Thursday, June 01, 2006

Decision-Making: Culture or Scripture?

Every day we are faced with decisions...some trivial, some large, and occasionally some that are huge. In the long term, we are faced with the bigger decision of how to organize our individual lives. In what direction should we as individuals and as families go?

Often the answer to the above questions is a non-answer: we simply do that which we are used to doing because that is what our friends and our culture expect and do. Those of us who identify ourselves as "Evangelicals" often do not even realize there is an "Evangelical Culture" in which we swim. As in a previous post...we don't know we are "wet." Unfortunately this culture has its own set of problems.

First and foremost, it seems that the Evangelical Culture (EC, for short) is very, very similar to the overall secular culture. In general, we raise our children in a similar manner. We have the same overall goals for raising our children and for our later years in life. We are generally nice people. We are so focused on our children that we risk making idols of them (and then we wonder why they are so self-centered when they enter the teen years!). (See the series on Children or Idols on my Home Discipling Dad blog.)

So what's different about us? For one thing, we add to our schedule all the church activities, from Sunday mornings to Wednesday evenings to every extra good thing the church offers. The other thing we do differently is that we practice an "avoidance ethic." I heard Dr. John Piper in a sermon on discussing how James and Paul can be reconciled. In this sermon he discussed the concept that our salvation is by faith, but that faith must work itself out it good works. He said that as evangelicals, we tend instead to "practice an avoidance ethic" and call it "good works" or sanctification. An avoidance ethic is nothing more than a series of rules, written or not, that we use to determine what to avoid in pagan culture. That is absolutely not sanctification, and it certainly is not good works.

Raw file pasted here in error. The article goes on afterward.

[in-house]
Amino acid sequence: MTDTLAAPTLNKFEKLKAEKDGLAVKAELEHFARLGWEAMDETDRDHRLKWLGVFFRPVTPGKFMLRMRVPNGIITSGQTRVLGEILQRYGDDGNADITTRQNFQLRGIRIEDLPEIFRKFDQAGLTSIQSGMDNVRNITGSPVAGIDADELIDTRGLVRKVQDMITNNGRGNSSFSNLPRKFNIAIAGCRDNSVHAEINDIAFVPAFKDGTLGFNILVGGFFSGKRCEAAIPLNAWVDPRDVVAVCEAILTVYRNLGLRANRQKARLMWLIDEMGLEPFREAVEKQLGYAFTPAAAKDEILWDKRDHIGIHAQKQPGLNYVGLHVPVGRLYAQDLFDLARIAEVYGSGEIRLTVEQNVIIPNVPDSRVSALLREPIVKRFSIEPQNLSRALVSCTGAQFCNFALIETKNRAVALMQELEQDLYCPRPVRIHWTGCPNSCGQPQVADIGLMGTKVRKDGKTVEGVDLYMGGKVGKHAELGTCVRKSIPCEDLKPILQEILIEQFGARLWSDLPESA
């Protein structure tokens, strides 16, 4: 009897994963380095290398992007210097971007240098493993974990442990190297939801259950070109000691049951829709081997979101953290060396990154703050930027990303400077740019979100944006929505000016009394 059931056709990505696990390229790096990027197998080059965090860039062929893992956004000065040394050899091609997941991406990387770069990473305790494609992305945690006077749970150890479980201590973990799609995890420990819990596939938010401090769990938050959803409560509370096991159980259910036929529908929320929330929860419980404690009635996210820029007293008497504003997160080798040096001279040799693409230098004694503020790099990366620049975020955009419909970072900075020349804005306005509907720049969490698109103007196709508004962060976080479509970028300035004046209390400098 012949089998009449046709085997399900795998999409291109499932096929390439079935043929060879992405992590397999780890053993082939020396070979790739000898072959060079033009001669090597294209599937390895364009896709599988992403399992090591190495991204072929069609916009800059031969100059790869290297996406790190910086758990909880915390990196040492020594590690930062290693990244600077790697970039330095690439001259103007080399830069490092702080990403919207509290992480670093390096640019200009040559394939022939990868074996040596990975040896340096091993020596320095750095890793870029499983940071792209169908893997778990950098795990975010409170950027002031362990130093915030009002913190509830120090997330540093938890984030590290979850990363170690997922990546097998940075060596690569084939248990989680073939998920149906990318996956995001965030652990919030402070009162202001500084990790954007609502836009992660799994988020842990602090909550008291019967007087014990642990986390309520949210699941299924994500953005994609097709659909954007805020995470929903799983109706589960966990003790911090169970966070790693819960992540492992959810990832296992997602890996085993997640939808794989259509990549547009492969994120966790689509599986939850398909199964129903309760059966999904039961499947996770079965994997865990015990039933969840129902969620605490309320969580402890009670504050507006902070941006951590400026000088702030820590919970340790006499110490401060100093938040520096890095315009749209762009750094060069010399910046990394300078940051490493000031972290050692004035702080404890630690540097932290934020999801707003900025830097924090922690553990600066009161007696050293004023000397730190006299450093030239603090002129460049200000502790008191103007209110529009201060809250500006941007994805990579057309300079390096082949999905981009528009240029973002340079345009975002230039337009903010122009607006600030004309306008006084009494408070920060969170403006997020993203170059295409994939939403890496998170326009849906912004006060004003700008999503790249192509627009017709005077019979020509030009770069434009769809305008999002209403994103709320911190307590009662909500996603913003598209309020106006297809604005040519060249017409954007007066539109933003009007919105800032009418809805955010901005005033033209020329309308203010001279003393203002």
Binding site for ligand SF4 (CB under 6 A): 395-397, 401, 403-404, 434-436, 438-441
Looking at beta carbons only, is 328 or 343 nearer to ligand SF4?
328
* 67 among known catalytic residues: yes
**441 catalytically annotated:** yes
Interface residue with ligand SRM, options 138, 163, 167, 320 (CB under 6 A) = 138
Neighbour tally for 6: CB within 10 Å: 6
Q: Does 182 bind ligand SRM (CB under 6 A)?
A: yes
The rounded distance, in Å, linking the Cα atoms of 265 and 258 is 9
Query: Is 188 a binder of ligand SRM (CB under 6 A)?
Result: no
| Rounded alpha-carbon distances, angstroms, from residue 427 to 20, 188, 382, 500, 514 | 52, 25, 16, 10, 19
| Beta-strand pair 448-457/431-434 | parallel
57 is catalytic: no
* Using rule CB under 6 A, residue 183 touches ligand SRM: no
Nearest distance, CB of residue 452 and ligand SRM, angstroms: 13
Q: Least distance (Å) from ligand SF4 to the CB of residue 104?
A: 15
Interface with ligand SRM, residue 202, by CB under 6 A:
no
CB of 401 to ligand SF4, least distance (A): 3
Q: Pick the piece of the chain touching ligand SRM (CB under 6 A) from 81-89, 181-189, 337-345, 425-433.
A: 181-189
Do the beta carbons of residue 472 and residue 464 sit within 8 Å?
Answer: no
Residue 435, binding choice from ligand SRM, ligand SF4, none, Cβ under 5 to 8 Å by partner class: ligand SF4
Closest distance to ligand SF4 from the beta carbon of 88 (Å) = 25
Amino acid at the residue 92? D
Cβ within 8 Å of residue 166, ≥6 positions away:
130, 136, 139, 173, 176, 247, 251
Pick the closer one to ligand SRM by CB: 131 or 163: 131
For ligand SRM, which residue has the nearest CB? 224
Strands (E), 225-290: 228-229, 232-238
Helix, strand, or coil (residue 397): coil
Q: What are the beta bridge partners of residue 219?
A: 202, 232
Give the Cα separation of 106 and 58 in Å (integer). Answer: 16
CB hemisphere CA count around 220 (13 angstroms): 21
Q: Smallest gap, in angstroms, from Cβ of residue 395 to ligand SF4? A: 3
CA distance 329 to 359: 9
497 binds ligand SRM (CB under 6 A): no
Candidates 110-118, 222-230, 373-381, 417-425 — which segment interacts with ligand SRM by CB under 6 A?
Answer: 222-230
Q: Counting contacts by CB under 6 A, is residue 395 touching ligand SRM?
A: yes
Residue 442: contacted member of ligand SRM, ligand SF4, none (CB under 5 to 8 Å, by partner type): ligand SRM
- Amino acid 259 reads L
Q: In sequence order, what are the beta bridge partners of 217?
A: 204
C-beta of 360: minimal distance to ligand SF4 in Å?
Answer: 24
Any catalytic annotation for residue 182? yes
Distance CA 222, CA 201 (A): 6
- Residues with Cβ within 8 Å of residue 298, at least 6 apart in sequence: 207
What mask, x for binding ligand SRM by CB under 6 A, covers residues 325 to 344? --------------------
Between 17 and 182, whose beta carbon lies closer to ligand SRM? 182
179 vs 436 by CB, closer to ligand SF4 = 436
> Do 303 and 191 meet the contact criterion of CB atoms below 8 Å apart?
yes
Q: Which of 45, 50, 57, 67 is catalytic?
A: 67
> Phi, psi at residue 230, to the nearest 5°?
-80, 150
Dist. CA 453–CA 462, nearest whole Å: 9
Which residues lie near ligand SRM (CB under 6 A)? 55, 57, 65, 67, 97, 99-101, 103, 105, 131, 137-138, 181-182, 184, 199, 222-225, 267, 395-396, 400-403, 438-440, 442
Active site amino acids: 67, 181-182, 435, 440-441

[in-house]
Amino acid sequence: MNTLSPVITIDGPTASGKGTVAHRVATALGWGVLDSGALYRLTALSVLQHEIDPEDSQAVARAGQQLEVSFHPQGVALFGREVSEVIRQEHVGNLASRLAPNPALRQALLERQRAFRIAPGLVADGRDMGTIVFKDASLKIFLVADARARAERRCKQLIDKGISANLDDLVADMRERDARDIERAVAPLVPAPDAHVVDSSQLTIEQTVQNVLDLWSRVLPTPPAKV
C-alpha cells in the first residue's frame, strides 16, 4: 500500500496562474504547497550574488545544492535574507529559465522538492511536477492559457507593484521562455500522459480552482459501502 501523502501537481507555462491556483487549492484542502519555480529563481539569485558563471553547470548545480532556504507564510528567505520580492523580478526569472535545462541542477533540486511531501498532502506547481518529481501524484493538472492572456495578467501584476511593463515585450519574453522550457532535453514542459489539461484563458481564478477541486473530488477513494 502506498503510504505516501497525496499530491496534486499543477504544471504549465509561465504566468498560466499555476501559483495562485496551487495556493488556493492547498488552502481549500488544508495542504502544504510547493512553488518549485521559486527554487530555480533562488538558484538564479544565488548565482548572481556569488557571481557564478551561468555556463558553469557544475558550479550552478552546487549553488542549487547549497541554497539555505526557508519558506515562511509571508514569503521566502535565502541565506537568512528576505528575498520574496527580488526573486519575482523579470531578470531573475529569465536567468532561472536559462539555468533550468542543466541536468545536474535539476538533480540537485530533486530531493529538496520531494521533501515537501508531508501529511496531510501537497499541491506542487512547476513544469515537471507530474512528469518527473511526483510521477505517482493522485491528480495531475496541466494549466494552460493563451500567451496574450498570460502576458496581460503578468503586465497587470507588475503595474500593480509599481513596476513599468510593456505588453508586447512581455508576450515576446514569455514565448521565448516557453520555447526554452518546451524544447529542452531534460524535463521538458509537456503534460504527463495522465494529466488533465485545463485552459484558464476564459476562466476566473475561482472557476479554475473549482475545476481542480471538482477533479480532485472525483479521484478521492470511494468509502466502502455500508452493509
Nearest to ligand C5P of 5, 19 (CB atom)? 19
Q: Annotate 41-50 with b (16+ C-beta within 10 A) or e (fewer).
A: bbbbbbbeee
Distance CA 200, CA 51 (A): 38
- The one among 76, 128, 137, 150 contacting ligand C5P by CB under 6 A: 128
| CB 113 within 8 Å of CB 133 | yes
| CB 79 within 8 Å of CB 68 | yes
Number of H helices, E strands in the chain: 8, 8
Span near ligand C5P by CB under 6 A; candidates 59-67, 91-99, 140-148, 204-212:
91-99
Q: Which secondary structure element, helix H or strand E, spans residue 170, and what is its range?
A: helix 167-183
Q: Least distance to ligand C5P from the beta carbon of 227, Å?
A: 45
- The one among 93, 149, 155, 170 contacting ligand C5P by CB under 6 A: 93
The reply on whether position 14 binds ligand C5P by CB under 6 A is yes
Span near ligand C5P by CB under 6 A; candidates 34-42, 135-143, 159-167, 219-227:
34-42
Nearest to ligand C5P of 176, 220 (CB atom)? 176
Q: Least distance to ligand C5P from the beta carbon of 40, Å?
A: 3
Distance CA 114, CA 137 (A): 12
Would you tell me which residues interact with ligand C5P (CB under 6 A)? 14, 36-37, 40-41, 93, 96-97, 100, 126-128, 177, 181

As a pagan outsider (who may be a very nice person himself) looks at us, I have a hard time imagining why he would want what we have. He doesn't see anything terribly distinctive. He sees nice people living their lives in a busy fashion similar to himself, and then adding on church activities and practicing an avoidance ethic, causing them to be even more harried. What would be attractive about that? What would be distinctive?

The EC has failed us. We are not becoming more like Christ by participating in it. We must turn from determining our direction in life through our friends and our culture and instead look at Scripture. If we are truly becoming more like Christ by changing our lives to mirror His commands and by developing the wisdom that comes from a life immersed in Scripture, then we will definitely be distinctive. We will be different. We will be filled with joy. We will be able to handle the hard times when they come.

We must quit trying to bend Scripture to fit our culture and our ideas, and instead transform our thinking and our lives to fit Scripture. The EC will call that "legalism," especially when it involves actually obeying the commands of Scripture. What those who use that argument don't understand is that legalism is working to merit salvation. Obedience to the commands of Scripture after one is saved by faith isn't meriting salvation, but rather it is becoming like Christ. That isn't legalism.

We simply must transform our thinking through the renewing of our minds (Romans 12). We have to be willing to take the hard look inward, and then change accordingly. Will we look different? Absolutely. Will the EC try to pull us back? Absolutely. I heard a variation on the "boiling a frog to death" story that relates here.

A group of frogs were in a pot of water. The temperature of the water was slowly being raised. The frogs didn't realize it and sat comfortably in the water, even though it would soon reach a temperature that would kill them. But one frog noticed and started attempting to jump out. The other frogs were quite disturbed and tried to hold him back, both physically and through chiding and derisive statements. They didn't want their little world disturbed by a frog trying to leave it and be different. His being different called attention to the fact that they were doing nothing. Those are the members of the EC who don't want us actually looking to Scripture to organize our lives. It calls their lives into stark relief against what Scripture actually says. There will be numerous attempts of all types by many people, all trying to pull the "errant" believer who actually wants to follow Scripture back in line.

So...will we jump out anyway? Or will we stay and boil?

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